Scientific Contributions - Coastal Carolina University
In This Section

The Gamberi Research Group

Most Significant Scientific Contributions

Our molecular developmental biology research centers on the Spatio-temporal regulation of gene expression and its effects on cell, tissue, and organismal polarization in health and disease. We employ the genetically tractable fruit fly Drosophila melanogaster model to decipher the molecular genetic mechanisms of abnormal cell proliferation in polycystic kidney disease and kidney cancer. Using traditional genetic, molecular, and biochemical assays, ’omics’ approaches, and pioneering whole-animal pharmacological assays we aim to define the dynamics of normal and pathological cellular networks.

  1. Modeling the renal cyst in Drosophila. In my lab, we have established a first-in-kind Drosophila model of polycystic kidney disease (PKD) and discovered a new role for BicC in human autosomal dominant PKD (2017. PLoS Genetics 13(4):e1006694, first and corresponding authorship, F1000Prime recommendation). We combine genetic and chemical probing in the BicC cystic fly model to decipher the mechanisms of complex cyst pathology.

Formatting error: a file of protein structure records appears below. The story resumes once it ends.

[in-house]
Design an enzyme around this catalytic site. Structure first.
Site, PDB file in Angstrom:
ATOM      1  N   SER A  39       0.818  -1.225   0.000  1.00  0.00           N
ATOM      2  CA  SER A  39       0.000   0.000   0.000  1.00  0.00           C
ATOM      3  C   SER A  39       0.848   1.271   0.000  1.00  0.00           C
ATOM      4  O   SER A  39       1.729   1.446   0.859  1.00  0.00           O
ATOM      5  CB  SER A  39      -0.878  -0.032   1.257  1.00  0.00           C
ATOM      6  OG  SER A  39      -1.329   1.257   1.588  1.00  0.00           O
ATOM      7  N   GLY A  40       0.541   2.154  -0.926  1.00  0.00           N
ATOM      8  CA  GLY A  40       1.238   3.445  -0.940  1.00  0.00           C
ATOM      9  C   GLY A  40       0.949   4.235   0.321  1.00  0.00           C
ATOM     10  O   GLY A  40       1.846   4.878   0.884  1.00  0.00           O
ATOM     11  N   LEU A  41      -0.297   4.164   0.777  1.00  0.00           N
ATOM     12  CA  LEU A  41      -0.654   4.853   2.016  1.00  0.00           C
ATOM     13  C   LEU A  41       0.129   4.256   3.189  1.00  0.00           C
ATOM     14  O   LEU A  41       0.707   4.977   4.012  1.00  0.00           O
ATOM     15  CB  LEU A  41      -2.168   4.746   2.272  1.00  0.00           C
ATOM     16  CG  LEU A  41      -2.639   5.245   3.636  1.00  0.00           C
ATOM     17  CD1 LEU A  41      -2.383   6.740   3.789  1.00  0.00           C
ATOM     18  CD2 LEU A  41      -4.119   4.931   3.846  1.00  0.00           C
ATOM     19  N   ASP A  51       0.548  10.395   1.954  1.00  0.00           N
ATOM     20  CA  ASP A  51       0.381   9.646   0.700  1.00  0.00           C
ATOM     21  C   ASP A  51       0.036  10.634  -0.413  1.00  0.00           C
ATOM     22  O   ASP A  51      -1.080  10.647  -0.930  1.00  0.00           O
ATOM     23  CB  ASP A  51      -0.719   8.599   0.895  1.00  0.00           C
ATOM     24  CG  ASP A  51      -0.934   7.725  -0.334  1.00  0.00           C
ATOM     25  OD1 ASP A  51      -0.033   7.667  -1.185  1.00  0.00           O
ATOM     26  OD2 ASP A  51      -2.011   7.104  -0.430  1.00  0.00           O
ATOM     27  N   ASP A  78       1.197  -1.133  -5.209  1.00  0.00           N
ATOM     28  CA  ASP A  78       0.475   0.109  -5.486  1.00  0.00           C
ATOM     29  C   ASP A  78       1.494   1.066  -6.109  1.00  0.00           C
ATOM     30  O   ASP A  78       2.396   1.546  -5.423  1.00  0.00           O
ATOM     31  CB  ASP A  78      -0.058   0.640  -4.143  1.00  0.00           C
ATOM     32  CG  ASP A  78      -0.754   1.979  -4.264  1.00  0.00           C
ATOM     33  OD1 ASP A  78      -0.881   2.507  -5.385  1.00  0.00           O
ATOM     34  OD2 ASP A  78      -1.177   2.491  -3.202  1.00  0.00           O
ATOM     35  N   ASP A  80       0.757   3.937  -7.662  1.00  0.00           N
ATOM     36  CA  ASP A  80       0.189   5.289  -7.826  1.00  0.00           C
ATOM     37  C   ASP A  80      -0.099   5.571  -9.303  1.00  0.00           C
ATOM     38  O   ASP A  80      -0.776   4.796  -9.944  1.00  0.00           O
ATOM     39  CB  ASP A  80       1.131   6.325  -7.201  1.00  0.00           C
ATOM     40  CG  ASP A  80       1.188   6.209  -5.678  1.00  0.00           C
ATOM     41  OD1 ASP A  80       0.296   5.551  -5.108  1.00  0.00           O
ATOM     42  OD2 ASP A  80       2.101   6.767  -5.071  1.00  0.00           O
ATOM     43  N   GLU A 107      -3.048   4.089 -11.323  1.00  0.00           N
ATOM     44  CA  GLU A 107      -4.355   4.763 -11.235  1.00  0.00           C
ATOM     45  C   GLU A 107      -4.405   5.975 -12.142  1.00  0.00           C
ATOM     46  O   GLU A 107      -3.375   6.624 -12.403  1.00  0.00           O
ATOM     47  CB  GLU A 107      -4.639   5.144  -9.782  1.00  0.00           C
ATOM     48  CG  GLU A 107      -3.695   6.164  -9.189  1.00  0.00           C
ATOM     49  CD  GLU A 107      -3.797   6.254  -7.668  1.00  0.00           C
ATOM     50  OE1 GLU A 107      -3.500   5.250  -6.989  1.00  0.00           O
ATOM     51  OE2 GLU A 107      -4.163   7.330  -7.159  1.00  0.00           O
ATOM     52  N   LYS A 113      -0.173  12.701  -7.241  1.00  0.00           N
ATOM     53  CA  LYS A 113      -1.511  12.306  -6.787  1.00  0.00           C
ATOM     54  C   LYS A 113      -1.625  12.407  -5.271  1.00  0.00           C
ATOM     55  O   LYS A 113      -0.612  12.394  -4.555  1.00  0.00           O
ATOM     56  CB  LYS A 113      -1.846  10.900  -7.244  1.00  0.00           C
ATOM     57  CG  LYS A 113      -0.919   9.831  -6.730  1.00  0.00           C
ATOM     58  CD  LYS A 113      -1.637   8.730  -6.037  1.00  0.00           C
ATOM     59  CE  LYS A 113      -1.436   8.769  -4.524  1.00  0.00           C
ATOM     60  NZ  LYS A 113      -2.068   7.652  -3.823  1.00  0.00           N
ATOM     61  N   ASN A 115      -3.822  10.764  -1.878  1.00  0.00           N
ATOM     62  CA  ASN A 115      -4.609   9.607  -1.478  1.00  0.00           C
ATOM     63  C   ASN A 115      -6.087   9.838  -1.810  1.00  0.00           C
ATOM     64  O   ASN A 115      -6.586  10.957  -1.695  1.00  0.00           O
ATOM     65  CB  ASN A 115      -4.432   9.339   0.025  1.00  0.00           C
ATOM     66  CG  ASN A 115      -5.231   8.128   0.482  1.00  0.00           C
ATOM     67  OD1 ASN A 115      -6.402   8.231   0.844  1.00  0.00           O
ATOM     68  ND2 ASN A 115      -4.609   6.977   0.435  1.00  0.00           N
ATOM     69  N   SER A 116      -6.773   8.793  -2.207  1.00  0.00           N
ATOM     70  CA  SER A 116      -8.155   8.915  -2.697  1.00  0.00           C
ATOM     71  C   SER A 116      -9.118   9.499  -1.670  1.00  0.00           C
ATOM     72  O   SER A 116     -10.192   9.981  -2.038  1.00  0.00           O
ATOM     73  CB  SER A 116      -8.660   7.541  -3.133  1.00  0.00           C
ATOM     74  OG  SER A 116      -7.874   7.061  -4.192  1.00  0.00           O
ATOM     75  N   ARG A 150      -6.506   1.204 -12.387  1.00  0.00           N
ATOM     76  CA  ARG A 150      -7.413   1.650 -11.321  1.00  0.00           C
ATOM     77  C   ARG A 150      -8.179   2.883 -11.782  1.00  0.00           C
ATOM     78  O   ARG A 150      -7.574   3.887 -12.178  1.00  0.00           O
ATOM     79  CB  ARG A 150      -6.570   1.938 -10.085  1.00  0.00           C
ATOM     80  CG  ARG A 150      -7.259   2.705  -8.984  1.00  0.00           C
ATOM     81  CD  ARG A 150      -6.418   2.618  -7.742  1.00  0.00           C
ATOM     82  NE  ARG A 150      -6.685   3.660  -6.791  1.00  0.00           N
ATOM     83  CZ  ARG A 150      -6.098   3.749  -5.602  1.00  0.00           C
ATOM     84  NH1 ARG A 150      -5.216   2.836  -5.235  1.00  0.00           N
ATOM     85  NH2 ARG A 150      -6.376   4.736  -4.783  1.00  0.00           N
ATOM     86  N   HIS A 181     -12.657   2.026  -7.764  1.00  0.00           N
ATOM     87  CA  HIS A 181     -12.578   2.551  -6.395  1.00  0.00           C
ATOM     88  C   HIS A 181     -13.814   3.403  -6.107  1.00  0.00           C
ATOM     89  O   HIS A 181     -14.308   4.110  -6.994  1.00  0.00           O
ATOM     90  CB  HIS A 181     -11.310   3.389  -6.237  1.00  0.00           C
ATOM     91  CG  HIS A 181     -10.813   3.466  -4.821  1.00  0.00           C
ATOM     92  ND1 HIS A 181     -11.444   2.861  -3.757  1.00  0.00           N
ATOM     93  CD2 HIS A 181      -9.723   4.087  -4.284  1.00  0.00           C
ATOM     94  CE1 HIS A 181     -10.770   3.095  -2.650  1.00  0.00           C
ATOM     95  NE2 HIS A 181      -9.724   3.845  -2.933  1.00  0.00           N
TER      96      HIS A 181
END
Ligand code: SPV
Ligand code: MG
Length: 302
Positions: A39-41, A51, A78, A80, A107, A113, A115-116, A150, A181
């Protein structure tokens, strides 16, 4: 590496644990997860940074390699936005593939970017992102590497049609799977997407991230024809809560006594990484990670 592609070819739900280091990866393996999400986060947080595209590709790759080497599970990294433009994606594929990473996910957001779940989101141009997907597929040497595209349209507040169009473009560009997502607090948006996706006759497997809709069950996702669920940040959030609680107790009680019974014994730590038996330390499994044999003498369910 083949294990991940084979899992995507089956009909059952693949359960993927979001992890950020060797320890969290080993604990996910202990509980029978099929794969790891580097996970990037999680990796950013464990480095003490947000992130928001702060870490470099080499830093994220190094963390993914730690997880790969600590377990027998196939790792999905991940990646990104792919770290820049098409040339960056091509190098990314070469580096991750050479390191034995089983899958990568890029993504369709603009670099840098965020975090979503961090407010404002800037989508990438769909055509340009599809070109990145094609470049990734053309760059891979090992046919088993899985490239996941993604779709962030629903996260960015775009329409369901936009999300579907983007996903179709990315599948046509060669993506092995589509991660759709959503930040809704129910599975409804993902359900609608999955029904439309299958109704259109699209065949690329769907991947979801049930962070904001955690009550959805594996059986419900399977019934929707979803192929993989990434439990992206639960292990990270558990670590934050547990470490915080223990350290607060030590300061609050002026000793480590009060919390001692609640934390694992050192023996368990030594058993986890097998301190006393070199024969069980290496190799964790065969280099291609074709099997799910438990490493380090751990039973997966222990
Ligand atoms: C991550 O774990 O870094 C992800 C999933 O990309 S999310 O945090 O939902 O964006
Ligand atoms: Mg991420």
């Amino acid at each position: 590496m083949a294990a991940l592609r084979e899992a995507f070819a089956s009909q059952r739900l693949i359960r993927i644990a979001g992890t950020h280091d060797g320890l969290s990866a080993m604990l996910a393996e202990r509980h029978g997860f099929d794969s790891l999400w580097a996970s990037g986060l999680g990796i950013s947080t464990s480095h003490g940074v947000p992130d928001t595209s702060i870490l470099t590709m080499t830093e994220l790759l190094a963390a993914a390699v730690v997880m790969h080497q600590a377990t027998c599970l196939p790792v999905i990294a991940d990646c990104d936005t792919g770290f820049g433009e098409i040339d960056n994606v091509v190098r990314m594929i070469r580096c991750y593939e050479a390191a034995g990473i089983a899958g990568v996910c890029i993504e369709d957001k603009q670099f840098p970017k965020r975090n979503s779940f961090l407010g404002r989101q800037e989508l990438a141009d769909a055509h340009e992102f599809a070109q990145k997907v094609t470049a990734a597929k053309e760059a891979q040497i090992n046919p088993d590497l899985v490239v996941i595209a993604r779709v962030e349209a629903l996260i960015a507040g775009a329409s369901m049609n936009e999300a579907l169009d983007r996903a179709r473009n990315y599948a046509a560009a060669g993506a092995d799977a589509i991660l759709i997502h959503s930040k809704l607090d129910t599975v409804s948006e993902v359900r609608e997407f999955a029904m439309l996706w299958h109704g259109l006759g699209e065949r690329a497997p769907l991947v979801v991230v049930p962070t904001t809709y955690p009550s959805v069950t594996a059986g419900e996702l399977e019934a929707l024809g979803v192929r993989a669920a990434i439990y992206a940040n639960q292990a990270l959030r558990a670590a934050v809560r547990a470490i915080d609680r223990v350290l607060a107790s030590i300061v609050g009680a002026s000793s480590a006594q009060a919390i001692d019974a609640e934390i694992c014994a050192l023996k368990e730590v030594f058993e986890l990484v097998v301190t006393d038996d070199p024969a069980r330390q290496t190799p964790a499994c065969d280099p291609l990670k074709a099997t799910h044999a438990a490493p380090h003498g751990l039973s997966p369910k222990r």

2. Fly pharmacology. In my lab, we have established technology for accelerated drug discovery in the fly (2020. Genome, 64(2):147-159) that has already yielded effective cyst-reducing drug candidates: rapamycin (PLoS Genetics 2017), antineoplastic mimetics of the Second mitochondrial-related activator of caspases (Smac) (2019. Biomedicines. 7(4), 82) and -never used before in PKD therapy- melatonin (Molecules, 2020, 25, 5477). Non-toxic, melatonin would be ideal for long-term treatment of chronic PKD, either alone or in combination. Characterization of the active molecules and screening of promising candidates are ongoing.  

  3. Research pedagogy. Teaching several courses per year, I designed novel pedagogy to include undergraduates in science scholarship and lead them to authorship and publication (2019. Intern J Sci Educ. 41:48-63). Such pedagogy has already yielded three published articles and one manuscript in preparation, co-authored by 100+ undergraduates (2021. Biomedicines 9(1), 89. 2019. Microbiology doi:10.1099/mic.0.000853; 2017. Front Microbiol 8:1265-84). In response to the COVID-19 pandemic, I have redesigned several undergraduate and graduate-level courses for remote online emergency teaching, including lectures and laboratory components. Such engaging courses have received spontaneous praise from the students.